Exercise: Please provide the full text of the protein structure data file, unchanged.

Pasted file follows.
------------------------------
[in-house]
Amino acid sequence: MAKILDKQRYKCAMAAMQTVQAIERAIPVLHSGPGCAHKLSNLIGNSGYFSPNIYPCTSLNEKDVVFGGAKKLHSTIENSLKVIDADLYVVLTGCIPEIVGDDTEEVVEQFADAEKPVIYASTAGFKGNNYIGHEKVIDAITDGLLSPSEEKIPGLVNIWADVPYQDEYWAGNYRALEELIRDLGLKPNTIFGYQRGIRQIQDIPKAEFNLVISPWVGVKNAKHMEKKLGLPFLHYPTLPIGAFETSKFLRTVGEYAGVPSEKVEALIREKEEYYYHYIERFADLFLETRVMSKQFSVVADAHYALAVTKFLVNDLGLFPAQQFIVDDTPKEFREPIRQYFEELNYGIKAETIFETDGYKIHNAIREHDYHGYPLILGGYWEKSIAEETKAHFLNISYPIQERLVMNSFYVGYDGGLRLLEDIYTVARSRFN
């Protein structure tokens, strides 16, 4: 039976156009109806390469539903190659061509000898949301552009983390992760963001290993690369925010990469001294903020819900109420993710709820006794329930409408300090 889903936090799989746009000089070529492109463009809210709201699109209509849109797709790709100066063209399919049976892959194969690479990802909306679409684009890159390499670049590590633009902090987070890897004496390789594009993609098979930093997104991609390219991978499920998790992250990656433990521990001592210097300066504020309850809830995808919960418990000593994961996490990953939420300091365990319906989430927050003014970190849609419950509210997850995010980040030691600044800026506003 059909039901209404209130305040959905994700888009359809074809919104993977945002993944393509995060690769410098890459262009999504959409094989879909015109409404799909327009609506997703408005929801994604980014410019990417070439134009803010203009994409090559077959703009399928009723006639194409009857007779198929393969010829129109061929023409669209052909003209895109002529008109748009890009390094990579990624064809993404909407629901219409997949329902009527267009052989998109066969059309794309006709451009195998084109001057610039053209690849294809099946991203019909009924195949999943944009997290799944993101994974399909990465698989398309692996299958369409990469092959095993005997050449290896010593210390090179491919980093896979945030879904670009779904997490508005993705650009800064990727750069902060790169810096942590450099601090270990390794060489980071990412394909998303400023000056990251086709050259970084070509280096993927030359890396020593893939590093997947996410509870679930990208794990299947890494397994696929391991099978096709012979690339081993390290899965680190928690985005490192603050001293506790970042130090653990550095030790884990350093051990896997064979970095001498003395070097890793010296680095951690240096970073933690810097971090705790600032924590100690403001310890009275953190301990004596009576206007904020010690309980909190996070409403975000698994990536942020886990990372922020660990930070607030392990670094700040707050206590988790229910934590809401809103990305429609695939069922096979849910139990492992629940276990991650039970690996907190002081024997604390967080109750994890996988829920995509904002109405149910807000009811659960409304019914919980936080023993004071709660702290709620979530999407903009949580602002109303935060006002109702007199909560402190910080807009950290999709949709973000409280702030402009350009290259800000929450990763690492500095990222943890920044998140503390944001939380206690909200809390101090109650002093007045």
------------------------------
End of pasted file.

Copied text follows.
[in-house]
Amino acid sequence: MAKILDKQRYKCAMAAMQTVQAIERAIPVLHSGPGCAHKLSNLIGNSGYFSPNIYPCTSLNEKDVVFGGAKKLHSTIENSLKVIDADLYVVLTGCIPEIVGDDTEEVVEQFADAEKPVIYASTAGFKGNNYIGHEKVIDAITDGLLSPSEEKIPGLVNIWADVPYQDEYWAGNYRALEELIRDLGLKPNTIFGYQRGIRQIQDIPKAEFNLVISPWVGVKNAKHMEKKLGLPFLHYPTLPIGAFETSKFLRTVGEYAGVPSEKVEALIREKEEYYYHYIERFADLFLETRVMSKQFSVVADAHYALAVTKFLVNDLGLFPAQQFIVDDTPKEFREPIRQYFEELNYGIKAETIFETDGYKIHNAIREHDYHGYPLILGGYWEKSIAEETKAHFLNISYPIQERLVMNSFYVGYDGGLRLLEDIYTVARSRFN
């Protein structure tokens, strides 16, 4: 039976156009109806390469539903190659061509000898949301552009983390992760963001290993690369925010990469001294903020819900109420993710709820006794329930409408300090 889903936090799989746009000089070529492109463009809210709201699109209509849109797709790709100066063209399919049976892959194969690479990802909306679409684009890159390499670049590590633009902090987070890897004496390789594009993609098979930093997104991609390219991978499920998790992250990656433990521990001592210097300066504020309850809830995808919960418990000593994961996490990953939420300091365990319906989430927050003014970190849609419950509210997850995010980040030691600044800026506003 059909039901209404209130305040959905994700888009359809074809919104993977945002993944393509995060690769410098890459262009999504959409094989879909015109409404799909327009609506997703408005929801994604980014410019990417070439134009803010203009994409090559077959703009399928009723006639194409009857007779198929393969010829129109061929023409669209052909003209895109002529008109748009890009390094990579990624064809993404909407629901219409997949329902009527267009052989998109066969059309794309006709451009195998084109001057610039053209690849294809099946991203019909009924195949999943944009997290799944993101994974399909990465698989398309692996299958369409990469092959095993005997050449290896010593210390090179491919980093896979945030879904670009779904997490508005993705650009800064990727750069902060790169810096942590450099601090270990390794060489980071990412394909998303400023000056990251086709050259970084070509280096993927030359890396020593893939590093997947996410509870679930990208794990299947890494397994696929391991099978096709012979690339081993390290899965680190928690985005490192603050001293506790970042130090653990550095030790884990350093051990896997064979970095001498003395070097890793010296680095951690240096970073933690810097971090705790600032924590100690403001310890009275953190301990004596009576206007904020010690309980909190996070409403975000698994990536942020886990990372922020660990930070607030392990670094700040707050206590988790229910934590809401809103990305429609695939069922096979849910139990492992629940276990991650039970690996907190002081024997604390967080109750994890996988829920995509904002109405149910807000009811659960409304019914919980936080023993004071709660702290709620979530999407903009949580602002109303935060006002109702007199909560402190910080807009950290999709949709973000409280702030402009350009290259800000929450990763690492500095990222943890920044998140503390944001939380206690909200809390101090109650002093007045």